On Mental Strength

If you had the chance to write something for elitefts™, what would you write that hasn’t already been written?  You can only talk about special exercises, technique, training programs and diets for so long before it’s all the same stuff, over and over again. You’d need to think “outside of the gym,” so that’s what I did.

I started wondering who the biggest bad-asses on the face of the earth really are and I've got to give top honors to the men and women of our armed forces. I can think of no other situation in which people volunteer to give so much for so little in return. It truly takes a special breed of person to enlist in the military. I served in the Marine Corps for four years—naturally, I like to think that the Marine Corps is a little more bad-assed than the Army or the Navy, but please don’t mistake my pride in the ‘Corps as disrespect.

I started doing some research and I found that there were tons of famous Marines, 50 of which became professional athletes: boxers, football players, coaches, wrestlers and Olympians (for the Matt Kroc fans, sorry he didn’t make the list).  Founders of famous chains like Dominos, Little Caesars and Taco Bell were also former-Marines. If that’s not enough, you can thank a Marine for those Danica Patrick “GoDaddy” commercials. It’s difficult to dispute that there is some kind of correlation between Marines and success.

I could write an article about myself and what I learned when I was in the Marine Corps, and while there are things I could share that could be helpful to you, I wanted to give you the absolute best that I could come up with. How about someone who taught Navy Seals and Army Rangers? Someone who has been on the front lines and knows a thing or two about what it takes to succeed in life-and-death struggles?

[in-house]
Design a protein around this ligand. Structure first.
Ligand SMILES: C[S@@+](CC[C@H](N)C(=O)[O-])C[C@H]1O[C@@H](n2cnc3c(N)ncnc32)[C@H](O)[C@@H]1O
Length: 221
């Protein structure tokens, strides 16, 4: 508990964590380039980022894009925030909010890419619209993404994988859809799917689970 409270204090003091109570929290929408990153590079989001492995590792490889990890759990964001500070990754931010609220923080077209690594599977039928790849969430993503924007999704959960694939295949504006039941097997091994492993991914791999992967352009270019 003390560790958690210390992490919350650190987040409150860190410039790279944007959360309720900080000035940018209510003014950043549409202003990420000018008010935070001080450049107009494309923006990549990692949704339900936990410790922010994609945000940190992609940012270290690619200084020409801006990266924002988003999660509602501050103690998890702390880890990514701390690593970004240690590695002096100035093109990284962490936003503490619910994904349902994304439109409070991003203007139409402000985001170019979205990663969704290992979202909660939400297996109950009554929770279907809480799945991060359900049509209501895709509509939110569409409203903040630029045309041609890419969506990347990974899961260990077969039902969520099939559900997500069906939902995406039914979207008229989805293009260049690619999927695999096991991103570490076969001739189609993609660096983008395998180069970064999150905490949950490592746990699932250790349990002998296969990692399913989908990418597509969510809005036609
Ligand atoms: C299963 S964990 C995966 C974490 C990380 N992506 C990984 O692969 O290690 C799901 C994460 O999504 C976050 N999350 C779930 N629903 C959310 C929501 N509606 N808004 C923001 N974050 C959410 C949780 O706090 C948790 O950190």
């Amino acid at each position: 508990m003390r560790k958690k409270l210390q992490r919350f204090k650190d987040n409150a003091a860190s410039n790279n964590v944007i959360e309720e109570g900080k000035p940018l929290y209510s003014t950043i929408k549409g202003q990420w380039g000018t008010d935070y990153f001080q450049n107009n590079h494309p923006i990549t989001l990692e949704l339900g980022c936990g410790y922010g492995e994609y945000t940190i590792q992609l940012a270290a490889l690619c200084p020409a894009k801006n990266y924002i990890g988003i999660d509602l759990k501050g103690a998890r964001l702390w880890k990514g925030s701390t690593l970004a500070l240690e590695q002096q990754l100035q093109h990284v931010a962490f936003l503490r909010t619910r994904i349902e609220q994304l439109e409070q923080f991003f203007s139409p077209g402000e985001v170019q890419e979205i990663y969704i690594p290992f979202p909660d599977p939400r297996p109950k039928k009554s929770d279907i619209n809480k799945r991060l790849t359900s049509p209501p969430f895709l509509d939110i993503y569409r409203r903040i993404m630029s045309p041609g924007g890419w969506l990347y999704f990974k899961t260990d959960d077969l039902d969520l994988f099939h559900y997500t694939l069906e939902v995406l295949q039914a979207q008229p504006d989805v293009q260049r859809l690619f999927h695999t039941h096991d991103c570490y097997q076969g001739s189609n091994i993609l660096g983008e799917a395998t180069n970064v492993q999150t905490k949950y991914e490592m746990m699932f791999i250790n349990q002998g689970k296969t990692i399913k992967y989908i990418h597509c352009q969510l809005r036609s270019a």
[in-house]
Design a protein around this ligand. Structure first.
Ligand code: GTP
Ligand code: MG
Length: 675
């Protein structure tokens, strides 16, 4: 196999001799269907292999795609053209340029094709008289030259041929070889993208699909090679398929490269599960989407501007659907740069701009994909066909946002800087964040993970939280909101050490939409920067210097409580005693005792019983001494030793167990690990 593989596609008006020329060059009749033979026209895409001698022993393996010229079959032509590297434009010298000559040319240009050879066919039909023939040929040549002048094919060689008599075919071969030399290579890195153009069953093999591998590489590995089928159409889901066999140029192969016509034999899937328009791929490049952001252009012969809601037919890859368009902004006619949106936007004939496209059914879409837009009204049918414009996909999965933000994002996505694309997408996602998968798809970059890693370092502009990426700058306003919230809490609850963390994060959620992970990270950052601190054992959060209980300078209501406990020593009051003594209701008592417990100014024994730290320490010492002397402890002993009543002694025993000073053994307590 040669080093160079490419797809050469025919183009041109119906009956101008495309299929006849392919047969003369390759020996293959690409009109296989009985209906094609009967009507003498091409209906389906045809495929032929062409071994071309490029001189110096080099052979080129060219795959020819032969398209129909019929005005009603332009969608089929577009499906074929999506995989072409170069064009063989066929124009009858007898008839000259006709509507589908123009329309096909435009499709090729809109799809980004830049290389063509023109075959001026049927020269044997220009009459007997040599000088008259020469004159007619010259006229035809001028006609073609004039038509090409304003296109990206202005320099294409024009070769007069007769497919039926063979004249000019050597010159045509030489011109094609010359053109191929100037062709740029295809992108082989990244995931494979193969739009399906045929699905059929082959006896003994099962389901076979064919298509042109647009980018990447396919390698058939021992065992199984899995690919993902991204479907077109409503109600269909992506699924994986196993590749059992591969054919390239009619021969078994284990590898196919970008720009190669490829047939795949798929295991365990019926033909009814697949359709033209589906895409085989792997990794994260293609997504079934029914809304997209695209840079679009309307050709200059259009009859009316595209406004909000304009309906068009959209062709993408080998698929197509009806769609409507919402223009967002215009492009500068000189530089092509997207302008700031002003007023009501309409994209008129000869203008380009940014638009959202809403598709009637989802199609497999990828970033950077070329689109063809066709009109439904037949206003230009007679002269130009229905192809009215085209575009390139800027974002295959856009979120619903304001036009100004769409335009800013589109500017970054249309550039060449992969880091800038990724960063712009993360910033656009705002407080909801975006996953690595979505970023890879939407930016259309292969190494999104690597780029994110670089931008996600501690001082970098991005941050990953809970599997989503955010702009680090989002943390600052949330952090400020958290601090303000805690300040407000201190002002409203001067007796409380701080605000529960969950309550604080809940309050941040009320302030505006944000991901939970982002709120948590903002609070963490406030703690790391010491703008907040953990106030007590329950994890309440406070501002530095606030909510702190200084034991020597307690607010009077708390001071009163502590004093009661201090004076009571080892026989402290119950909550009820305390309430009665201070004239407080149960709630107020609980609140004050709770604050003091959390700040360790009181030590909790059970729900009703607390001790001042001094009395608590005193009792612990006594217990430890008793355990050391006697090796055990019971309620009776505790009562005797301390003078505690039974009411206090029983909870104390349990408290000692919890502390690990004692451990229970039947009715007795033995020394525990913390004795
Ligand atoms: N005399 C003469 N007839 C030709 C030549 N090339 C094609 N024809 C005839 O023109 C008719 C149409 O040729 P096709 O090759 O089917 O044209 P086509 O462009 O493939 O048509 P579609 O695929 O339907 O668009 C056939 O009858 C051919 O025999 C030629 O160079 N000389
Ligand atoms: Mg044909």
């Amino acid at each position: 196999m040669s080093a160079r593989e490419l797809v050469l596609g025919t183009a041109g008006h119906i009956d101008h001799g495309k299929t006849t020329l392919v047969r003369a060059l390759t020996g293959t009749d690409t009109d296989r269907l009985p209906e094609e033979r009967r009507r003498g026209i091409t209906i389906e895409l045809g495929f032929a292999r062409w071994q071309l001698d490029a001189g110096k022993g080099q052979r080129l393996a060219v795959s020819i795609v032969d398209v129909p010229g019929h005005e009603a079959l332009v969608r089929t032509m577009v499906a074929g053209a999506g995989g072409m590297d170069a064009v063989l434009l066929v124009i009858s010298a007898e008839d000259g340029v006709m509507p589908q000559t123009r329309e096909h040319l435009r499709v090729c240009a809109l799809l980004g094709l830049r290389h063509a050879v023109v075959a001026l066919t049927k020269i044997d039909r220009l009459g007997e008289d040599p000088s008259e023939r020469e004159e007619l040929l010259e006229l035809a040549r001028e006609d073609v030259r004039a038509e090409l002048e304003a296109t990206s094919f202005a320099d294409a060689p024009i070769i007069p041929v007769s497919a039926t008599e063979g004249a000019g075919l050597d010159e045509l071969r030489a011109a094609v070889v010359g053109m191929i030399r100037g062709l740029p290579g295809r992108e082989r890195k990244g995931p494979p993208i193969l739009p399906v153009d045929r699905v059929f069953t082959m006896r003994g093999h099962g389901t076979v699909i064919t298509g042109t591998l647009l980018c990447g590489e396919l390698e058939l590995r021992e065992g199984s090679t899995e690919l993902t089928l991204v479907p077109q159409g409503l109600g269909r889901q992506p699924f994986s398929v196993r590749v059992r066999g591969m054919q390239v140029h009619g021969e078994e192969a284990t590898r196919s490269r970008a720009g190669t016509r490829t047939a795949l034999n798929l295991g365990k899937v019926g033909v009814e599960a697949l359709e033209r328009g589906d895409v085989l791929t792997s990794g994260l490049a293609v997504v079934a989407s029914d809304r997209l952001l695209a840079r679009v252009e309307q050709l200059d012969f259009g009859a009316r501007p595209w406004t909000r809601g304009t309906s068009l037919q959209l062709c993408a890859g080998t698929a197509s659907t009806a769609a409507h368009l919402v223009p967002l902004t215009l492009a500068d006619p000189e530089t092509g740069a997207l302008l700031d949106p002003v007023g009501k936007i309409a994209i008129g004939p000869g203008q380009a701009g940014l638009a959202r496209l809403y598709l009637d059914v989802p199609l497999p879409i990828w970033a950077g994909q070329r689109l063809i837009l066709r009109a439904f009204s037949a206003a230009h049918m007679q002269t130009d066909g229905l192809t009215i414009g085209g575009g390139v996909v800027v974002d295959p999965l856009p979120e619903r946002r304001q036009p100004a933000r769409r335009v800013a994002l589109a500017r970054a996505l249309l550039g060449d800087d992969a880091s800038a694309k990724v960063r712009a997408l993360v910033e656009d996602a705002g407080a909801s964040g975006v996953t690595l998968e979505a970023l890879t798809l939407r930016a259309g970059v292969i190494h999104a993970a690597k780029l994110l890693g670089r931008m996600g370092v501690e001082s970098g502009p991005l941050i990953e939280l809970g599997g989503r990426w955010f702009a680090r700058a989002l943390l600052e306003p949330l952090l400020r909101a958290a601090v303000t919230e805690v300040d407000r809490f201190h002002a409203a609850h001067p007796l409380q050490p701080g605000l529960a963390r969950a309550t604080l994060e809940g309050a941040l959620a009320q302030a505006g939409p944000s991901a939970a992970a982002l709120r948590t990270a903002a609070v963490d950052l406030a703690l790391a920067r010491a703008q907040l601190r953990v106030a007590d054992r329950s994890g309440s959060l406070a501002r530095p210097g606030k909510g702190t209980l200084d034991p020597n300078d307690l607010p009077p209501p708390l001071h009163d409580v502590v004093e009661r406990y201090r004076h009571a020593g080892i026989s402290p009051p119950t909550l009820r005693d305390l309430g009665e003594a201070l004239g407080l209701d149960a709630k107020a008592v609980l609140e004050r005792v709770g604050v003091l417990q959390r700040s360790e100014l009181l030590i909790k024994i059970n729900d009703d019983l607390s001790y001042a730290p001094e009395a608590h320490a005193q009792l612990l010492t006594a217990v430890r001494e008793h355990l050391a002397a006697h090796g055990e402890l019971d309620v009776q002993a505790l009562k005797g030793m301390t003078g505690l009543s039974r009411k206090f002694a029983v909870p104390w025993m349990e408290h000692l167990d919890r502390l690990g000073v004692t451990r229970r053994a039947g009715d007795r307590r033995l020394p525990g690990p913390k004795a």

Caylen Wojcik is all of these things and more. I met him when we were 17 or 18 years old and we were preparing to ship out for Marine Corps Boot Camp. I remember him saying that he was going to be a sniper and, I have to be honest, I had my doubts. Marine Corps Scout/Sniper school is no joke: the attrition rate for that school is somewhere around 60 percent, meaning only 4 out of every 10 men meet the standard to be snipers. I didn’t stay in touch with him and I never knew what became of him until about six months ago. That’s when I learned that he succeeded in becoming a sniper; he was actually so damn good at what he did, that he became an instructor at sniper school. In 2004, he was deployed to Iraq where he handled business until he was taken out of the fight by enemy rocket fire.

I arranged an interview with Caylen. I wanted to find out what made him so mentally tough and, as you read through the following transcript, try to take what he’s saying and apply it to your own training/preparation and your life. I hope that it helps you become a strong(er) person.
Ken Friend: Before you even went into the Marine Corps, I remember you said that you wanted to be a sniper and that did come to fruition. Did you always have that drive?